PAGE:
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World first use of ammonia fuel in trial on Fortescue vessel in Singapore

Photo: MPA Fortescue Green Pioneer trials ammonia as a fuel in Singapore port
The world’s first use of ammonia as a marine fuel has been carried out in Singapore onboard the converted offshore vessel Fortescue Green Pioneer.

The dual-fuel ammonia-powered vessel, owned by Australian mining group Fortescue, was loaded with liquid ammonia at Vopak’s terminal on Jurong Island in Singapore for the fuel trial.

The Fortescue Green Pioneer was loaded with five cubic metres (three tonnes) of ammonia in the test, where the fuel was used in combination with diesel in the combustion process.

The Maritime & Port Authority of Singapore (MPA) said fuel testing was conducted over a period of seven weeks and included tests of ammonia storage systems, associated piping, gas fuel delivery system, retrofitted engines, and seaworthiness. The tests were conducted in phases and carried out by crew and engineers that received “rigorous” training sessions since October last year.

Teo Eng Dih, Chief Executive, MPA, said, “The safe conduct of this fuel trial supports the holistic assessment of the use of ammonia as a marine fuel, and the development of standards and safety procedures.”

The Singapore-registered Fortescue Green Pioneer was converted at Seatrium’s Benoi yard in Singapore from July last year with the successful conversion of two of its four engines to run on ammonia combined with diesel for the combustion process.

Chris Ong CEO of Seatrium commented: “The successful conversion of the Fortescue Green Pioneer's engines by Seatrium signals a crucial shift in maritime decarbonisation as the world looks towards a greener future. The significance of Singapore’s role in this milestone cannot be overstated, as it represents a global opportunity to leverage cutting-edge technologies for the next phase of growth in maritime operations.”

The vessel’s ammonia fuel systems and engine conversion were classed by DNV based on its Technology Qualification process for new technologies and systems.

In the coming weeks a second batch of three tonnes of liquid ammonia will be loaded onto the Fortescue Green Pioneer for further trials.

Mining group Fortescue is investing in ammonia to provide what it believes will be a truly green fuel for shipping and remains committed to a plan it announced in 2021 to convert its fleet of eight very large ore carriers (VLOCs) to run on ammonia. It has also been testing ammonia as use as a fuel on land for locomotives it runs in Western Australia.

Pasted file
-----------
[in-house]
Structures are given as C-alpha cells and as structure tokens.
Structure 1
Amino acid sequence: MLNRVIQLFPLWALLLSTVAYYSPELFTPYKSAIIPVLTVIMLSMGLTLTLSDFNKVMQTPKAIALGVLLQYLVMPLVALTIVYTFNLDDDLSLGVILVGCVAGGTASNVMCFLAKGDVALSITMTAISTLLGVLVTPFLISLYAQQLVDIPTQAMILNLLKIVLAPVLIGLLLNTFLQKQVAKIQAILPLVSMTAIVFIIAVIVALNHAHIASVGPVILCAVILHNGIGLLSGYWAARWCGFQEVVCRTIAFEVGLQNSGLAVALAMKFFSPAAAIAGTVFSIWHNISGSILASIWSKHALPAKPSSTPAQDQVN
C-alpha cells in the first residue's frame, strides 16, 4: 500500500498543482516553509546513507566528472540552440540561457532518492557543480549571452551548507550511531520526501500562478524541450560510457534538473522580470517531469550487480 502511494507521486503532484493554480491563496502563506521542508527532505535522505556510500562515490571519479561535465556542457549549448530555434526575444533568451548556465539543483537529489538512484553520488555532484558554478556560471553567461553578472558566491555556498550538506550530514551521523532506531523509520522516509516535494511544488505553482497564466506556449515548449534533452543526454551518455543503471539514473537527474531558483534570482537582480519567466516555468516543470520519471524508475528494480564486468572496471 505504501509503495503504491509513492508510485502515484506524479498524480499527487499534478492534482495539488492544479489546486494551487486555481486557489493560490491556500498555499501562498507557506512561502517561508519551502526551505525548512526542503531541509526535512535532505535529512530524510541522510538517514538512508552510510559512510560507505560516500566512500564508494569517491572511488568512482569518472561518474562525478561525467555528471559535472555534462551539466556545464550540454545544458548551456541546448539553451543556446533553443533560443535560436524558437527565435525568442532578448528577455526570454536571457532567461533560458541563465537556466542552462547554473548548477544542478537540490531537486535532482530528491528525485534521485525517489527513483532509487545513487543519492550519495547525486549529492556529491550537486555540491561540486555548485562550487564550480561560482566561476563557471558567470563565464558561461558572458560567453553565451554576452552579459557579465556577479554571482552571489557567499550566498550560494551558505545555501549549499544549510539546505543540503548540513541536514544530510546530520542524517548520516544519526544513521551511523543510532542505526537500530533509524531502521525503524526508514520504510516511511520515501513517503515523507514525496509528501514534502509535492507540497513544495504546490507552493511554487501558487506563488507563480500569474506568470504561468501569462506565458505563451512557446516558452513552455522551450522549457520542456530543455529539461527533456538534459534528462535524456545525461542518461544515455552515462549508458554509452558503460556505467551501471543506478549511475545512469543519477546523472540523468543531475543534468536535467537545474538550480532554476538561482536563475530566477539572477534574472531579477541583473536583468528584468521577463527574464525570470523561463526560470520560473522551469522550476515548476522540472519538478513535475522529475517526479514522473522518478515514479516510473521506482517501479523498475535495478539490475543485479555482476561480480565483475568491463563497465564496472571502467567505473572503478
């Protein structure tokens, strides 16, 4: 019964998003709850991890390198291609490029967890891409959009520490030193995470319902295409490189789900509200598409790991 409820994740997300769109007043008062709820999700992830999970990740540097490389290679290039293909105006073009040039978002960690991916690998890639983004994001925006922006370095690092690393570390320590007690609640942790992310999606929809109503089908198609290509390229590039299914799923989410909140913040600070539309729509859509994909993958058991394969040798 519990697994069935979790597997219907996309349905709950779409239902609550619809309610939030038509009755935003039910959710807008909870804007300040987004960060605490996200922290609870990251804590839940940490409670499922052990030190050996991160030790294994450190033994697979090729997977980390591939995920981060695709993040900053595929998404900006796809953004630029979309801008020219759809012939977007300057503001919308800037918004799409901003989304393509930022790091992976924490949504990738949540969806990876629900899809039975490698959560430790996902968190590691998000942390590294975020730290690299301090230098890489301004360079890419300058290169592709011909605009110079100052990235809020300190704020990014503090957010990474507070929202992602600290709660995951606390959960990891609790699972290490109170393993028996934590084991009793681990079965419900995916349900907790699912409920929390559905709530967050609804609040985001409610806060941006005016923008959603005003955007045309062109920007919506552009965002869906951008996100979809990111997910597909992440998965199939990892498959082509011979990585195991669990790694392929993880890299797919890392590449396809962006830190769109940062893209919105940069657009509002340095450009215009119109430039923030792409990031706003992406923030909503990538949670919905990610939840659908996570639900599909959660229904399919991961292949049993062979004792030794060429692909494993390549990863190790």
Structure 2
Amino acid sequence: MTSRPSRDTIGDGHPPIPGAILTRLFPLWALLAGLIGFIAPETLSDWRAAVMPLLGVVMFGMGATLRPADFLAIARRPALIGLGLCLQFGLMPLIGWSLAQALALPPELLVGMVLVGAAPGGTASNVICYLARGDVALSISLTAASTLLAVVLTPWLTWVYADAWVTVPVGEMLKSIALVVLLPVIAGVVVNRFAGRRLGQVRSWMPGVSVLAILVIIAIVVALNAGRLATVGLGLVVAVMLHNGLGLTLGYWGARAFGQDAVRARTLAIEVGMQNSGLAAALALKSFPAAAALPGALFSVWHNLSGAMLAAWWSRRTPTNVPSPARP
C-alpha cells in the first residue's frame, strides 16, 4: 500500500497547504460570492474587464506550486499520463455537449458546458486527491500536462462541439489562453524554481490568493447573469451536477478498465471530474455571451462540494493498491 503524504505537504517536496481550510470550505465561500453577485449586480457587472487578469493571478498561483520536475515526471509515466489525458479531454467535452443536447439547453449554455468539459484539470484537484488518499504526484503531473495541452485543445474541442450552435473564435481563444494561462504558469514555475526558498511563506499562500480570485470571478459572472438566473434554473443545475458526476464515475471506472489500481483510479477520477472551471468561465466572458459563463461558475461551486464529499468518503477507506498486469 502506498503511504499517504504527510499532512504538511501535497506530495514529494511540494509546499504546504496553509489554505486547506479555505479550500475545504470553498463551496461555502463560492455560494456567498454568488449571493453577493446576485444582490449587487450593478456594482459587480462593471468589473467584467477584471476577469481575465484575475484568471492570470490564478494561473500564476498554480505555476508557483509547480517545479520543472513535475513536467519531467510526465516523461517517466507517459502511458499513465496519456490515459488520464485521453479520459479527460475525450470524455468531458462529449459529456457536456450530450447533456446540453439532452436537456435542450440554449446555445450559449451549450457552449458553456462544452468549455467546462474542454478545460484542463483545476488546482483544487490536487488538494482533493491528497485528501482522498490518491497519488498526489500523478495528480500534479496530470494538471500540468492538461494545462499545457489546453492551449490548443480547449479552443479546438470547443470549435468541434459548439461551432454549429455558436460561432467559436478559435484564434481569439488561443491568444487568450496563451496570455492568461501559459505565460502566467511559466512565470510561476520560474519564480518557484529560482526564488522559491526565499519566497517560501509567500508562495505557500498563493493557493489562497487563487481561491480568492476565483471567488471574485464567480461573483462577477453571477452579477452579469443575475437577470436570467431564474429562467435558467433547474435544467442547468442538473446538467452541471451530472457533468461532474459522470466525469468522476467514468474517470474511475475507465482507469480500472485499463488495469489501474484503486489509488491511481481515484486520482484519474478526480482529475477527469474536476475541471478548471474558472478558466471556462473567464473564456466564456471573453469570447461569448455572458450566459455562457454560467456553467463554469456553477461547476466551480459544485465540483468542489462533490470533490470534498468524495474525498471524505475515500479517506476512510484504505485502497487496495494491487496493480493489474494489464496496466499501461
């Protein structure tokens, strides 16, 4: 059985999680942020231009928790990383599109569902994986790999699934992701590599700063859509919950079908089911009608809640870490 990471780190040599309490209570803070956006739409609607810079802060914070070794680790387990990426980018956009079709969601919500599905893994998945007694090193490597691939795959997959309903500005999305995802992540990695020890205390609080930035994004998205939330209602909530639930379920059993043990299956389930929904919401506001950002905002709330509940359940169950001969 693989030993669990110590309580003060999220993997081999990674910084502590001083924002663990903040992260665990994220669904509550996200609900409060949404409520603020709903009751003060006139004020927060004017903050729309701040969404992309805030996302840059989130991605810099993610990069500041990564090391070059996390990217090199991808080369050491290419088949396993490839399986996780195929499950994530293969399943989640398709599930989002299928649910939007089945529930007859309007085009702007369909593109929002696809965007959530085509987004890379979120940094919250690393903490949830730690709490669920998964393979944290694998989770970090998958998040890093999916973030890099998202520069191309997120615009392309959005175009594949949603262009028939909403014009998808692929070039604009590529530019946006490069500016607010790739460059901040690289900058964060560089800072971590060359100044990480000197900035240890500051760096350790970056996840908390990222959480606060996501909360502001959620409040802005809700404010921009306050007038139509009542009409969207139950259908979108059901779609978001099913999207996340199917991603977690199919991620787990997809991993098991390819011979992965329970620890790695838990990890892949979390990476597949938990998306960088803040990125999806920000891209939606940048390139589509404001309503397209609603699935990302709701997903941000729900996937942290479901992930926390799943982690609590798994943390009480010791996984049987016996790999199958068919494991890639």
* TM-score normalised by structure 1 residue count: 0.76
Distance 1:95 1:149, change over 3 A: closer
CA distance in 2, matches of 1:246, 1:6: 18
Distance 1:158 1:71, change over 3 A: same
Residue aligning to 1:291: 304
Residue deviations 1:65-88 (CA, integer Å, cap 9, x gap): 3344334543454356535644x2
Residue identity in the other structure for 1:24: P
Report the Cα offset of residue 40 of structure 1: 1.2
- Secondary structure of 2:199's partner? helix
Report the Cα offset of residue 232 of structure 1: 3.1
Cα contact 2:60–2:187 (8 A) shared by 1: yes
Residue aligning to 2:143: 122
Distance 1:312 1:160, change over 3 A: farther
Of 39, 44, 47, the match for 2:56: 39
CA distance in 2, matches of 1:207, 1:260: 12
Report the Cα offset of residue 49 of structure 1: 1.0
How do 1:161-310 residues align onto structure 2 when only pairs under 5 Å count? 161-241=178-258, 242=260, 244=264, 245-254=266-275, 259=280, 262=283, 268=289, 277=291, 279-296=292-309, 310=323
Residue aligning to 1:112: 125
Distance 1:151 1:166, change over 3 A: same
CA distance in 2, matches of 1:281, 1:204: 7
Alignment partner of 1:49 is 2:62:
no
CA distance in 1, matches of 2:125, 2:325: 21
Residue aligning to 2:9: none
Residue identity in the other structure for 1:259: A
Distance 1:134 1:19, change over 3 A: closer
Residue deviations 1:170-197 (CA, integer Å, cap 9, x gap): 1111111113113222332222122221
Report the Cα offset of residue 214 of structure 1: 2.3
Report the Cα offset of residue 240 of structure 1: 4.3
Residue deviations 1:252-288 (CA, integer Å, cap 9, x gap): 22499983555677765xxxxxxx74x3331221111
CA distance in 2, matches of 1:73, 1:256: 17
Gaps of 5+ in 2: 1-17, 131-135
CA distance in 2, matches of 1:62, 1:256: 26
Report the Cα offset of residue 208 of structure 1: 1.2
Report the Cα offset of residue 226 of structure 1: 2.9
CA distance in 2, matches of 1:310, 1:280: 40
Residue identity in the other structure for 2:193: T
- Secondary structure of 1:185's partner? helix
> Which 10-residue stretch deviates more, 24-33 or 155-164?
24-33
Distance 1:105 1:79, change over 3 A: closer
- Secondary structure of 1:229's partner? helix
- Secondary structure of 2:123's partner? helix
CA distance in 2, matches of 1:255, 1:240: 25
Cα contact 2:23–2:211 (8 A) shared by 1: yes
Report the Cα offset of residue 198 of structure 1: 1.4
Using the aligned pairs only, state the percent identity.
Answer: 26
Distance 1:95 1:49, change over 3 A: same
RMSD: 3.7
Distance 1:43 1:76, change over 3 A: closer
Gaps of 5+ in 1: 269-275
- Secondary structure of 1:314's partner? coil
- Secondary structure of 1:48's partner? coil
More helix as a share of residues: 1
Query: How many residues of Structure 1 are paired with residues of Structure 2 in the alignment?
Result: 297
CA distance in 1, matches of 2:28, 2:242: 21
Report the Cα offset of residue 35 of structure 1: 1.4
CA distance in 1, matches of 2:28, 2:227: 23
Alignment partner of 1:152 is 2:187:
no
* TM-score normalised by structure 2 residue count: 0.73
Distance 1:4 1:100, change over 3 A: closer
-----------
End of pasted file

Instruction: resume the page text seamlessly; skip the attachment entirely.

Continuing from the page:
Dr Andrew Forrest, Chairman of Fortescue stated, “My message to the Singaporean Government is only green is green. Anything else is made from fossil fuels.”

He called on more ports around the world to develop procedures for ammonia bunkering. “The Fortescue Green Pioneer is proof that safe, technical solutions for ammonia power engines exist. But as I did at COP 28 in Dubai, I am once again calling on the world’s ports to get on with setting fair, safe and stringent fuel standards for green ammonia and not shy away from their responsibilities simply because of a lack of character.

“We must push to see global emitters paying fair carbon prices for heavy fuels used in traditional shipping. These prices must provide clear investment signals to drive green investment.”

Of the various alternative fuels either in use or under development ammonia is the one that has prompted the most concerns from the shipping industry due to its high toxicity and the potential impact of a spill from an ammonia fuelled vessel.

However, Fortescue is far from alone in its efforts to push ahead with developing ammonia as marine fuel.

AET, the tanker arm of Malaysian shipowner MISC, is expected to receive its first ammonia dual-fuel tanker newbuilding in 2025, and is understood to be already undertaking crew training ahead of its delivery.

Engine manufacturer MAN Energy Systems carried out its first test firing of an ammonia engine in the middle of last year with its first installation to be carried out on a Mitsui OSK Lines container ship with operations expected in 2025 – 2026.

MAN Energy Solutions CEO Dr Uwe Lauber told Seatrade Maritime News in a recent interview that it saw strong potential for ammonia as a fuel for container ships.

In February CMB.Tech announced the order of a 1,400 teu, ammonia-powered containership in partnership with Yara Clean ammonia at China’s Qingdao Yangfan Shipbuilding.